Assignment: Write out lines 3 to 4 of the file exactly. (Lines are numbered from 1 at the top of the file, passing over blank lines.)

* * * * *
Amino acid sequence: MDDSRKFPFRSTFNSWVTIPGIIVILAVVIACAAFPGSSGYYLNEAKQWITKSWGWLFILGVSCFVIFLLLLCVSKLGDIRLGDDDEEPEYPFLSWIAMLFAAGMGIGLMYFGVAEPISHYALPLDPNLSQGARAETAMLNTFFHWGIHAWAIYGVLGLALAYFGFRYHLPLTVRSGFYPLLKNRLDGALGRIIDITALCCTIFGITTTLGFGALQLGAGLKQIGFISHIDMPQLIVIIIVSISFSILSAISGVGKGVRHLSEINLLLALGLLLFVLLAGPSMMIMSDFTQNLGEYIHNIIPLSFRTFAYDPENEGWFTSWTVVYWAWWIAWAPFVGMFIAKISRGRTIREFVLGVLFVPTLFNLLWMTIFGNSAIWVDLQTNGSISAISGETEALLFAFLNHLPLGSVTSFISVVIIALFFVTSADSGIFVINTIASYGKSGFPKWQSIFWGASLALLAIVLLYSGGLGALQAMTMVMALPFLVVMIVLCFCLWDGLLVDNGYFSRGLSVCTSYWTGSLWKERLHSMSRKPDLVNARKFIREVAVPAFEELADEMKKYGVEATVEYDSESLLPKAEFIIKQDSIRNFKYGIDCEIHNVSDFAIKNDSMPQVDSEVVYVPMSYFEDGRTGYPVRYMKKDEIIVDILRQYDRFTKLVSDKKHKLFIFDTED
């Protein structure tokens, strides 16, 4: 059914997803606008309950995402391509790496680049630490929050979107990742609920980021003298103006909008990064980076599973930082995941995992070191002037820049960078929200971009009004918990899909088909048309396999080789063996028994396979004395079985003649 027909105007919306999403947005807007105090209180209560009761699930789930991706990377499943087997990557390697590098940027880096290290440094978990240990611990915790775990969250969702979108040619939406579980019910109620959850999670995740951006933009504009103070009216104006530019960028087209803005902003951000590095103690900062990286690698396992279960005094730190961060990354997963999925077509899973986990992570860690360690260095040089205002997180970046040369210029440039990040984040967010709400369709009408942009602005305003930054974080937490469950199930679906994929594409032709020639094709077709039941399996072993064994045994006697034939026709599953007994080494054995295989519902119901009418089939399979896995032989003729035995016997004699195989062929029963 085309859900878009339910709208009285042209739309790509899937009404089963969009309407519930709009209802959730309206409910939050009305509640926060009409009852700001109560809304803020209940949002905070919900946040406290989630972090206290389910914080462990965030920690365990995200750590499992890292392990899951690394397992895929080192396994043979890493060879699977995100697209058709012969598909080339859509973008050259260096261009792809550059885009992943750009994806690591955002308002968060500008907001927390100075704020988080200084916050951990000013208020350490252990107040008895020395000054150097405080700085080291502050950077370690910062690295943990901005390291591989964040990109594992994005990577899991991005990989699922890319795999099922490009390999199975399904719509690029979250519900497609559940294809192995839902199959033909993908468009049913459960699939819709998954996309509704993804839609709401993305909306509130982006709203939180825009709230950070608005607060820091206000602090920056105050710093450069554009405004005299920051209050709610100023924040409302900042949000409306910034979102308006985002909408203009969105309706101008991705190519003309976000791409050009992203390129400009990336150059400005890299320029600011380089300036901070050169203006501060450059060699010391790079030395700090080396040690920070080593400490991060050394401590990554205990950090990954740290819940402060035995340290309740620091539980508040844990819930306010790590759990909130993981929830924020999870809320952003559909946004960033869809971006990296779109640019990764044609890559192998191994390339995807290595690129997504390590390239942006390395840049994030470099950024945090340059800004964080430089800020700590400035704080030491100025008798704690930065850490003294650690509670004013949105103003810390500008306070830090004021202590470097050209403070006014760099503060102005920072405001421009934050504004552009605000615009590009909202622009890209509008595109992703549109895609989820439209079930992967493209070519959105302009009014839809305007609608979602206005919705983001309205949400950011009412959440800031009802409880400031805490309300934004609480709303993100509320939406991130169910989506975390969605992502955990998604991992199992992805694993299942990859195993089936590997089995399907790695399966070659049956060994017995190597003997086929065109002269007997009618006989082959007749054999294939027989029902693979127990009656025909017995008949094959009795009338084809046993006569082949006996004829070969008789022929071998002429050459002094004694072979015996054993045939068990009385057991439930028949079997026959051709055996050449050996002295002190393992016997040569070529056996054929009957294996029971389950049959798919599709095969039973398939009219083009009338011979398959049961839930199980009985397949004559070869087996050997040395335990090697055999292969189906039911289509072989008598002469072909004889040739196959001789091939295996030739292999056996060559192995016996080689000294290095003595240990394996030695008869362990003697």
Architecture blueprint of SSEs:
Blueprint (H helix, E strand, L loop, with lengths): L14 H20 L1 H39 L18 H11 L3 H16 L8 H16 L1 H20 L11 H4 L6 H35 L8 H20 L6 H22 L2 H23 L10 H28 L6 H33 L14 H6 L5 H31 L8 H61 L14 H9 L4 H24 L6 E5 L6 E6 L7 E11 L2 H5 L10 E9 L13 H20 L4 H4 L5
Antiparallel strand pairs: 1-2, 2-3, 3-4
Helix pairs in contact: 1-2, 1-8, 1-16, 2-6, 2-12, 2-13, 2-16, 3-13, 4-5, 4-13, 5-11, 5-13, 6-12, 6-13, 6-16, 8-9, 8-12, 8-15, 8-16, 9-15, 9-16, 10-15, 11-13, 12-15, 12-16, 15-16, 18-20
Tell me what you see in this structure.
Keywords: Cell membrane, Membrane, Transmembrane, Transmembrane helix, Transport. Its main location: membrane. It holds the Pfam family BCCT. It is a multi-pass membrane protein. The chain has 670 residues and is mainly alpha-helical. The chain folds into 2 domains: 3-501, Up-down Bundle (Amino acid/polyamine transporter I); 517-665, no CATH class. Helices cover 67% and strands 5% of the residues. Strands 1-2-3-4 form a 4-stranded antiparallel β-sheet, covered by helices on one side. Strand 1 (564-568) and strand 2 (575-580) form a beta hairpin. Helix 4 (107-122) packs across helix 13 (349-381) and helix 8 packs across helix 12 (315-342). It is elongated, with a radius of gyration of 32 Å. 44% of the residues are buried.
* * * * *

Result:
Architecture blueprint of SSEs:
Blueprint (H helix, E strand, L loop, with lengths): L14 H20 L1 H39 L18 H11 L3 H16 L8 H16 L1 H20 L11 H4 L6 H35 L8 H20 L6 H22 L2 H23 L10 H28 L6 H33 L14 H6 L5 H31 L8 H61 L14 H9 L4 H24 L6 E5 L6 E6 L7 E11 L2 H5 L10 E9 L13 H20 L4 H4 L5